I do believe that this tells us a whole lot about what it is to be a neighborhood church. It isn’t about the numbers we get in the doors. It is about being humble servants of those around us.

We are preparing for VBS and our theme is Stinky Feet (we are doing all sorts of Bible stories that are gross in one way or another). The central scripture that we are building VBS around is Jesus washing the disciples stinky feet, and the main lesson that we learn from that story is what Jesus tells us, “If I, your Lord and teacher, have washed your feet, you too must wash each other’s feet.” (John 13:14).

For far too long, the church has functioned under the assumption that we are somehow above, more loved or more saved while others are not. We have functioned in a haughty or arrogant way, thinking that we have a monopoly on the truth and that those “other” people need what we already have. I don’t think this attitude fits with Christ’s model of servant leadership.

Instead, I think we knock on doors our of humility. We ask how we can serve our neighbors. We offer what we can—even if that is washing stinky feet. We will be surprised of the amazing results and how we make connections and relationships with our neighbors—even if they never grace the threshold of the church. It isn’t about upping number or producing results. Plain and Simple: It is about Serving as Christ served us.

Sensus Divinitatus

This week we are repeating the same scripture passage as last week. You may remember that last week we focused on the Trinitarian theology in this passage, and the interesting implications for how we use scripture—how we understand it, and perhaps more importantly, how we feel it.

You might be wondering, why are we doing the same passage again? Didn’t we hear the word of God preached from this passage last week? What more is there to say? All good questions. They point toward one more very important point about the Trinity—specifically the Holy Spirit.

Our Reformed forefather John Calvin is often accused of being a stick in the mud, dour, cranky, legalistic, and uncreative old sour puss. Let’s be fair—he often times was! However, Calvin doesn’t get near enough credit for some things. Calvin was very thoughtful about the Spirit, and frankly, he was quite creative and even contemplative—I know, not what we usually think of as Calvin. Perhaps most beautifully, is John Calvin’s Doctrine of the Holy Spirit. Calvin actually thought we had 6 senses, the usual ones (Sight, hearing, tasting, feeling, smelling), plus one very special one THE SENSUS DIVINITATUS! (Doesn’t it sound like a spell from Harry Potter? Don’t worry, it won’t turn you into a Newt) Anyway, Calvin thought that one way the Spirit works through us is via this Sensus Divinitatus—our sense of the Divine. The idea is that we actually have a special ability to discern where God’s Spirit is at work in the world, especially when it comes to the reading of scripture. Calvin was adamant that the scripture isn’t actually the Word of God until the Spirit activated our Sensus Divinitatus and opened us up to what the Word of God had to say to us. That is part of the reason we always pray a prayer of Illumination before reading scripture—we are calling on the Holy Spirit to flip the switch on our Sesnsus Divinitatus. What’s more, since each of us unique snowflakes has that special sense, the Spirit might activate it in slightly different ways for each of us.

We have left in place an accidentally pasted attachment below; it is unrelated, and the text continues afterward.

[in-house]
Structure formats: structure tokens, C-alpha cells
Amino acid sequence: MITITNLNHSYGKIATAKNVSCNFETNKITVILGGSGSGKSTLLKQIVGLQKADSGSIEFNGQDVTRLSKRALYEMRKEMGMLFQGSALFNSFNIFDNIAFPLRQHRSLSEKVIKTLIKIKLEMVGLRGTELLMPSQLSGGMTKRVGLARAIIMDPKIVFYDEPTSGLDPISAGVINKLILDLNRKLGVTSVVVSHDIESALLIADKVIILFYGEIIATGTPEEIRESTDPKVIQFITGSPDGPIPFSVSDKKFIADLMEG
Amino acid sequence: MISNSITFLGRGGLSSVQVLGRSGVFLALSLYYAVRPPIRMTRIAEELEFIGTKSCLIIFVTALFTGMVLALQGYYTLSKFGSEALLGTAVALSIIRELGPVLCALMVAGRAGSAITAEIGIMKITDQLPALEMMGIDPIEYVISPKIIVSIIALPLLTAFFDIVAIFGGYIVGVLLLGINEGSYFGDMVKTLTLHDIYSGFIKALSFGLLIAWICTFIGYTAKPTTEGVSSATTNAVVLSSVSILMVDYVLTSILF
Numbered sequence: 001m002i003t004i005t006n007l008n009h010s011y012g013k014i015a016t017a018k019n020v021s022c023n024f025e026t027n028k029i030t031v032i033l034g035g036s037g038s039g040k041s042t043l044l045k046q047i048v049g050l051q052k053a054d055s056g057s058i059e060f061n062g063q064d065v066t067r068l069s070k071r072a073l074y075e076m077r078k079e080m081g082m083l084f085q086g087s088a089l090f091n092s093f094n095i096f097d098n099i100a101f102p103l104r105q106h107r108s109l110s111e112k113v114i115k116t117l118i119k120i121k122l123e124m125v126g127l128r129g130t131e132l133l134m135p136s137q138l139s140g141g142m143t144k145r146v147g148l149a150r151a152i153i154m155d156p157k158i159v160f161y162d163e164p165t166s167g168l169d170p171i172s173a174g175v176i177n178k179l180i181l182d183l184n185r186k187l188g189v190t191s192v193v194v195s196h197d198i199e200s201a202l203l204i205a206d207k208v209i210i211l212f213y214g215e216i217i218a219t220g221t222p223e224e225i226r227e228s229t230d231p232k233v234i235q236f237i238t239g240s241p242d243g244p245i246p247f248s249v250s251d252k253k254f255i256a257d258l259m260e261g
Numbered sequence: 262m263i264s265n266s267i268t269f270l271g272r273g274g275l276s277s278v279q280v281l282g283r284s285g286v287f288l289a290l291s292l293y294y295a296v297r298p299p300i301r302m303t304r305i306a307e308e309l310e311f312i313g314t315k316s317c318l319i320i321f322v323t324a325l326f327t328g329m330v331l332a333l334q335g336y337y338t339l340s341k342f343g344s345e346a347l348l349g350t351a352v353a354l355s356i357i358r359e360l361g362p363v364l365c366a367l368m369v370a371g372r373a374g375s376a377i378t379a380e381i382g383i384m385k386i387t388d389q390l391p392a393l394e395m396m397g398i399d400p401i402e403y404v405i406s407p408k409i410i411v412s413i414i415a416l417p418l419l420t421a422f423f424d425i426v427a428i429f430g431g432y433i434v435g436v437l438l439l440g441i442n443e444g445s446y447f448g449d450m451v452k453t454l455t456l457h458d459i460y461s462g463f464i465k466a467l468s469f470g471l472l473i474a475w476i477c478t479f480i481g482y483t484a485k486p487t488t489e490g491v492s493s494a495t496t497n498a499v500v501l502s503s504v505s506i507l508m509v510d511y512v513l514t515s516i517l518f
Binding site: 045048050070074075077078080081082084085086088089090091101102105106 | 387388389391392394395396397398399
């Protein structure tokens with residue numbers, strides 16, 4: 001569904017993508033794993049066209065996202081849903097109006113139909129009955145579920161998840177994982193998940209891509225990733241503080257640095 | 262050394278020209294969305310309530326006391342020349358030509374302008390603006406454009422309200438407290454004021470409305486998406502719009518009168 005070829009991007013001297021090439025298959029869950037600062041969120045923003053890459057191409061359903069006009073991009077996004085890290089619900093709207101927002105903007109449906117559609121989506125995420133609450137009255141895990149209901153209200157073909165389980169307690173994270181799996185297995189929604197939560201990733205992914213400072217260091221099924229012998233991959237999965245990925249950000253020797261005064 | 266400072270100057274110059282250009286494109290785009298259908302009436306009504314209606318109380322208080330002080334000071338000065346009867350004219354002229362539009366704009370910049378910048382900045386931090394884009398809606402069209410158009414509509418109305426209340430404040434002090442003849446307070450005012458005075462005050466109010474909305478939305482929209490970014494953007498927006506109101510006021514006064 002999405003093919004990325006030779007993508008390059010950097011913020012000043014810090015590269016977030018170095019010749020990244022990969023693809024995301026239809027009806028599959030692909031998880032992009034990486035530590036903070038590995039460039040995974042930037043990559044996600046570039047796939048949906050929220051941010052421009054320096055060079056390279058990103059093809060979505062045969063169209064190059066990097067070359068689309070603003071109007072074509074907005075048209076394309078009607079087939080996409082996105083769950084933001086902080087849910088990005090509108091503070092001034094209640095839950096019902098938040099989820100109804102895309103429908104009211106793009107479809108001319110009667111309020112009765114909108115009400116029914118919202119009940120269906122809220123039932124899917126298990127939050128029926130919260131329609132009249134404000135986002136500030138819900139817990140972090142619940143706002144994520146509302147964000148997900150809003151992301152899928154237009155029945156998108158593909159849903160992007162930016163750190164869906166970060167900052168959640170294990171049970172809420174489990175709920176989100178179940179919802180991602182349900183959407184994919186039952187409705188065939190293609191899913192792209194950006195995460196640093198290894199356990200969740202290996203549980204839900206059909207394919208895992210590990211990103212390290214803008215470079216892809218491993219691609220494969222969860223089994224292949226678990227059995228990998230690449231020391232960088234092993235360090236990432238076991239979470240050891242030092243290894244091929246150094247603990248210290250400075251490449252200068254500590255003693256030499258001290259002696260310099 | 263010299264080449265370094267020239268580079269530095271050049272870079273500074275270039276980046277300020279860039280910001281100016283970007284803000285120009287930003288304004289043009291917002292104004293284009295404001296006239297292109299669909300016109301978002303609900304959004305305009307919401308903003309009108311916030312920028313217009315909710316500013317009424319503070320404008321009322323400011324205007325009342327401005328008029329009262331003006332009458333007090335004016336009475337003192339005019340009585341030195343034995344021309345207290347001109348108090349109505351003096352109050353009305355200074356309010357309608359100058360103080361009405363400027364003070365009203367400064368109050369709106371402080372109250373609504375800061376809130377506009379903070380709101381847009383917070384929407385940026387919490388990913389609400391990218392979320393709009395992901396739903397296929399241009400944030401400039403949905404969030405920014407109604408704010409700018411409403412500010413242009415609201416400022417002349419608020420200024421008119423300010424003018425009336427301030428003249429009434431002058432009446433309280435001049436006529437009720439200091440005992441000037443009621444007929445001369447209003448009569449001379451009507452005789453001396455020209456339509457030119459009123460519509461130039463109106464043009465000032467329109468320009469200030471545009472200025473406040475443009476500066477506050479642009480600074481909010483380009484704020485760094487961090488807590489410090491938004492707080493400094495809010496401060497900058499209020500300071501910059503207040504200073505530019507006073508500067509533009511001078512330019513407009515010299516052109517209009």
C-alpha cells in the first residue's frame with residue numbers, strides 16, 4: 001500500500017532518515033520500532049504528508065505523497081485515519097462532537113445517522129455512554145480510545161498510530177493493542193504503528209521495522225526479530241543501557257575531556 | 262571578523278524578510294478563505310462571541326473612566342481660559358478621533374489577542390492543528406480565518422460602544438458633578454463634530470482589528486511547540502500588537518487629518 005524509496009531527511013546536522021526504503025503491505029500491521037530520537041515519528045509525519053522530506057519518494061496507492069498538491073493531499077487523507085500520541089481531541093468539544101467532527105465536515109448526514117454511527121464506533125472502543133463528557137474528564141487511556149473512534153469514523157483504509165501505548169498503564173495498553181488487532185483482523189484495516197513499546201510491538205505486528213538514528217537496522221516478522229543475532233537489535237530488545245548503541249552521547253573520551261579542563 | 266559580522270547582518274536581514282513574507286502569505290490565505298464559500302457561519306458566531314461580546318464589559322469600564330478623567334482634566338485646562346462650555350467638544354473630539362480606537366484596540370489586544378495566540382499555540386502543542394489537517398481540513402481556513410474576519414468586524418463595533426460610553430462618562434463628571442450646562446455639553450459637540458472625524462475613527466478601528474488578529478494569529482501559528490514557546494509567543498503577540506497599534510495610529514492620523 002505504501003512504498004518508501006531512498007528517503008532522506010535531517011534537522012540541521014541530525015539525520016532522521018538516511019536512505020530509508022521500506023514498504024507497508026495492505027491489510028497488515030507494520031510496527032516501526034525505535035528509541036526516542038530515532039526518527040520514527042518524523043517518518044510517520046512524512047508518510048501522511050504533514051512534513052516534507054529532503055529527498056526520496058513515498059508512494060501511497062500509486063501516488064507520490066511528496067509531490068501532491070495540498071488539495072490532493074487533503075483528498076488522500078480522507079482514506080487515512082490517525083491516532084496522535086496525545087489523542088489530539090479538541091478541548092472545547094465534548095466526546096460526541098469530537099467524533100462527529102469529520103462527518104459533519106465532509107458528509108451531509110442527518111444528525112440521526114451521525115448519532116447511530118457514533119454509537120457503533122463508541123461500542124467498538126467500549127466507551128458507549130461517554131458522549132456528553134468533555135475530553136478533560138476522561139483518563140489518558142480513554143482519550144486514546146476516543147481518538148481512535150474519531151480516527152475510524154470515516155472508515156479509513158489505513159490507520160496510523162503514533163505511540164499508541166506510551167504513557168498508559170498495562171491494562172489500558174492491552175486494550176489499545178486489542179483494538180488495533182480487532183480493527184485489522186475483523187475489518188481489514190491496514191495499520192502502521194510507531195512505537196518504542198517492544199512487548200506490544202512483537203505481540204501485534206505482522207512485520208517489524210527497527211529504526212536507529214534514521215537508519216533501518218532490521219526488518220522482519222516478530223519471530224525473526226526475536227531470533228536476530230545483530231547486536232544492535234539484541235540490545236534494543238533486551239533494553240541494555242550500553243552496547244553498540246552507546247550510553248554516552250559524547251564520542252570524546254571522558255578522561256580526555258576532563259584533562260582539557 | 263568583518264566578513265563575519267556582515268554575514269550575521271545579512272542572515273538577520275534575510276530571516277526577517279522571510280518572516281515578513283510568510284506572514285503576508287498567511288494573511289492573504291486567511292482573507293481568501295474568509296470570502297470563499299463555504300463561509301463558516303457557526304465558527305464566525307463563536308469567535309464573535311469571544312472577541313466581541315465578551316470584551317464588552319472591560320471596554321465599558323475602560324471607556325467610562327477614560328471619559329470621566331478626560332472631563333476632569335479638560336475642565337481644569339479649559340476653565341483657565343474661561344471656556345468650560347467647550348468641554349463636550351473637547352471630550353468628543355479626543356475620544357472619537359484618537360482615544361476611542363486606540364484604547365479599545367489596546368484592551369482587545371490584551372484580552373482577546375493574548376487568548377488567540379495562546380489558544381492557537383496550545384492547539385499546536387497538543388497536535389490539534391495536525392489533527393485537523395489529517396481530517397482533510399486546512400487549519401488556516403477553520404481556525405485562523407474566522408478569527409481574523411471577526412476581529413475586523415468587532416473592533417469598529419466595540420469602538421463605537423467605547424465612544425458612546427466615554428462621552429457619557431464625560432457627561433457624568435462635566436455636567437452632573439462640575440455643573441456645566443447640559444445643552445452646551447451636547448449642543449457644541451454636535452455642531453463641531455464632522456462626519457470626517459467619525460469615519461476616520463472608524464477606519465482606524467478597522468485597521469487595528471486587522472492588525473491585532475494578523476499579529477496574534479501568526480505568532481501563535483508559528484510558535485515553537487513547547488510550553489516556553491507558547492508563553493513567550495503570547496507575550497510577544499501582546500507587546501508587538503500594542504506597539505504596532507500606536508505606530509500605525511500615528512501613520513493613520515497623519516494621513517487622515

In some ways, this explains something every preacher experiences on Sunday morning. After worship, as people parade out to shake hands, I will often hear, “Great sermon preacher! (Always great sermon, right?! ;p). I especially liked when you said _________.” Strangely enough, there are times when I know that I never actually said__________. Not only that, but one person in line could have heard something completely different then the person right behind them! I don’t attribute this to someone not paying attention; rather, I think this shows the Spirit at work through the Sensus Divinitatus. We all have different faith journeys. We all have different experiences of the Divine. We all have different blessings and burdens weighing upon us. We all have different things going on in our lives at a given moment. All of these things add up to us being tuned in for hearing the Word of God a bit differently—or in other words, a unique Sensus Divinitatus.

All of this goes to explain why it actually makes sense to occasionally use the same passage over again. The Word of God is not carved in stone, but is alive, growing, changing, responding to the world we live in. From week to week, a given scripture can say something quite different to us depending on the Spirit and our finely attuned Sensus Divinitatuses (Sensae Divinitatae? Who knows what the plural actually is!) The same spoken words can be transformed in our hearing by the power of the Holy Spirit to move us in powerfully different ways. Part of the amazing power of Scripture, the Holy Spirit, and the Sensus Divinitatus!

So this week, as you settle in to hear that Prayer for Illumination, take time to open yourself to the Spirit. As you hear those words of Scripture, listen for what important thing God might be speaking to your heart.